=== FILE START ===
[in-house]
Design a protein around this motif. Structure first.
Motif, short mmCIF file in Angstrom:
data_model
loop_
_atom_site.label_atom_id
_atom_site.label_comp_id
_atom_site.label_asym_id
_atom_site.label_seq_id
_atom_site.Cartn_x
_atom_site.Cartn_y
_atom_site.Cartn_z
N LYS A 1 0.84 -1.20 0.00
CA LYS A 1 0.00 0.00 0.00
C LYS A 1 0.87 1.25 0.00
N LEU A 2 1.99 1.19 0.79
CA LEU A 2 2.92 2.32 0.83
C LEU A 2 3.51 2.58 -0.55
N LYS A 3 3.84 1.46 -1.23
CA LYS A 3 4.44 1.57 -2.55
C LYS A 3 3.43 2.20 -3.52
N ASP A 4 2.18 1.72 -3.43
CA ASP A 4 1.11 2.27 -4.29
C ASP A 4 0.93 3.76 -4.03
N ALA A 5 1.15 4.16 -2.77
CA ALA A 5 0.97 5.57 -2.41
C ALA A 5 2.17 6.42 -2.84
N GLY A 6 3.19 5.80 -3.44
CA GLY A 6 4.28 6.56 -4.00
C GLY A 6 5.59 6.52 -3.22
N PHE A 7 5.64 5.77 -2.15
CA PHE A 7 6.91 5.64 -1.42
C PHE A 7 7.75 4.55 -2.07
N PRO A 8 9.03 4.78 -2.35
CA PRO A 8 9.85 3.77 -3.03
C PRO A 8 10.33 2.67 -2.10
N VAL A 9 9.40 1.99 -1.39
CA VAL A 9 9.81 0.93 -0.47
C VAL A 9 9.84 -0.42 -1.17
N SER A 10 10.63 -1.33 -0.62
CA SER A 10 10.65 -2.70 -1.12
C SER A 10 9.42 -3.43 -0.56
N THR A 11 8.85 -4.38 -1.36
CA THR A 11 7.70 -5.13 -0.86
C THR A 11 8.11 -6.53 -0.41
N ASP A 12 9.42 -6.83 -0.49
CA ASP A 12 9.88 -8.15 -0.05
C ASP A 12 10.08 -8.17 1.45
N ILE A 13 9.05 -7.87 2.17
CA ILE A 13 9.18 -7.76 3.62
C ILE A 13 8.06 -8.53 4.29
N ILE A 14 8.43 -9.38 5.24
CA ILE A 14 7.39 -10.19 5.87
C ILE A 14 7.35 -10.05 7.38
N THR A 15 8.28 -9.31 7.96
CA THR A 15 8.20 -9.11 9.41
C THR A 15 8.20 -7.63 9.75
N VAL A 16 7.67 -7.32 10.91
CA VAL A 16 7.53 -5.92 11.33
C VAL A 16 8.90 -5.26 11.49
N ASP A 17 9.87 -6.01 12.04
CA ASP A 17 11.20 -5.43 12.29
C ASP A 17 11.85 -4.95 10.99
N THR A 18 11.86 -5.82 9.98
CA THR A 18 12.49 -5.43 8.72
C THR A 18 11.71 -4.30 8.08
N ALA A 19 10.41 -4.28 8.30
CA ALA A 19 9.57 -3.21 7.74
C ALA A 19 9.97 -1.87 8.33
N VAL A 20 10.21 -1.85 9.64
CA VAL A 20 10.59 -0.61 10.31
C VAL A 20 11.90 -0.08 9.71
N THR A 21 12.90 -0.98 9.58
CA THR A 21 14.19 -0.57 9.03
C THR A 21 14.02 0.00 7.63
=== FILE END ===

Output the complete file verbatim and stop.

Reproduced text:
[in-house]
Design a protein around this motif. Structure first.
Motif, short mmCIF file in Angstrom:
data_model
loop_
_atom_site.label_atom_id
_atom_site.label_comp_id
_atom_site.label_asym_id
_atom_site.label_seq_id
_atom_site.Cartn_x
_atom_site.Cartn_y
_atom_site.Cartn_z
N LYS A 1 0.84 -1.20 0.00
CA LYS A 1 0.00 0.00 0.00
C LYS A 1 0.87 1.25 0.00
N LEU A 2 1.99 1.19 0.79
CA LEU A 2 2.92 2.32 0.83
C LEU A 2 3.51 2.58 -0.55
N LYS A 3 3.84 1.46 -1.23
CA LYS A 3 4.44 1.57 -2.55
C LYS A 3 3.43 2.20 -3.52
N ASP A 4 2.18 1.72 -3.43
CA ASP A 4 1.11 2.27 -4.29
C ASP A 4 0.93 3.76 -4.03
N ALA A 5 1.15 4.16 -2.77
CA ALA A 5 0.97 5.57 -2.41
C ALA A 5 2.17 6.42 -2.84
N GLY A 6 3.19 5.80 -3.44
CA GLY A 6 4.28 6.56 -4.00
C GLY A 6 5.59 6.52 -3.22
N PHE A 7 5.64 5.77 -2.15
CA PHE A 7 6.91 5.64 -1.42
C PHE A 7 7.75 4.55 -2.07
N PRO A 8 9.03 4.78 -2.35
CA PRO A 8 9.85 3.77 -3.03
C PRO A 8 10.33 2.67 -2.10
N VAL A 9 9.40 1.99 -1.39
CA VAL A 9 9.81 0.93 -0.47
C VAL A 9 9.84 -0.42 -1.17
N SER A 10 10.63 -1.33 -0.62
CA SER A 10 10.65 -2.70 -1.12
C SER A 10 9.42 -3.43 -0.56
N THR A 11 8.85 -4.38 -1.36
CA THR A 11 7.70 -5.13 -0.86
C THR A 11 8.11 -6.53 -0.41
N ASP A 12 9.42 -6.83 -0.49
CA ASP A 12 9.88 -8.15 -0.05
C ASP A 12 10.08 -8.17 1.45
N ILE A 13 9.05 -7.87 2.17
CA ILE A 13 9.18 -7.76 3.62
C ILE A 13 8.06 -8.53 4.29
N ILE A 14 8.43 -9.38 5.24
CA ILE A 14 7.39 -10.19 5.87
C ILE A 14 7.35 -10.05 7.38
N THR A 15 8.28 -9.31 7.96
CA THR A 15 8.20 -9.11 9.41
C THR A 15 8.20 -7.63 9.75
N VAL A 16 7.67 -7.32 10.91
CA VAL A 16 7.53 -5.92 11.33
C VAL A 16 8.90 -5.26 11.49
N ASP A 17 9.87 -6.01 12.04
CA ASP A 17 11.20 -5.43 12.29
C ASP A 17 11.85 -4.95 10.99
N THR A 18 11.86 -5.82 9.98
CA THR A 18 12.49 -5.43 8.72
C THR A 18 11.71 -4.30 8.08
N ALA A 19 10.41 -4.28 8.30
CA ALA A 19 9.57 -3.21 7.74
C ALA A 19 9.97 -1.87 8.33
N VAL A 20 10.21 -1.85 9.64
CA VAL A 20 10.59 -0.61 10.31
C VAL A 20 11.90 -0.08 9.71
N THR A 21 12.90 -0.98 9.58
CA THR A 21 14.19 -0.57 9.03
C THR A 21 14.02 0.00 7.63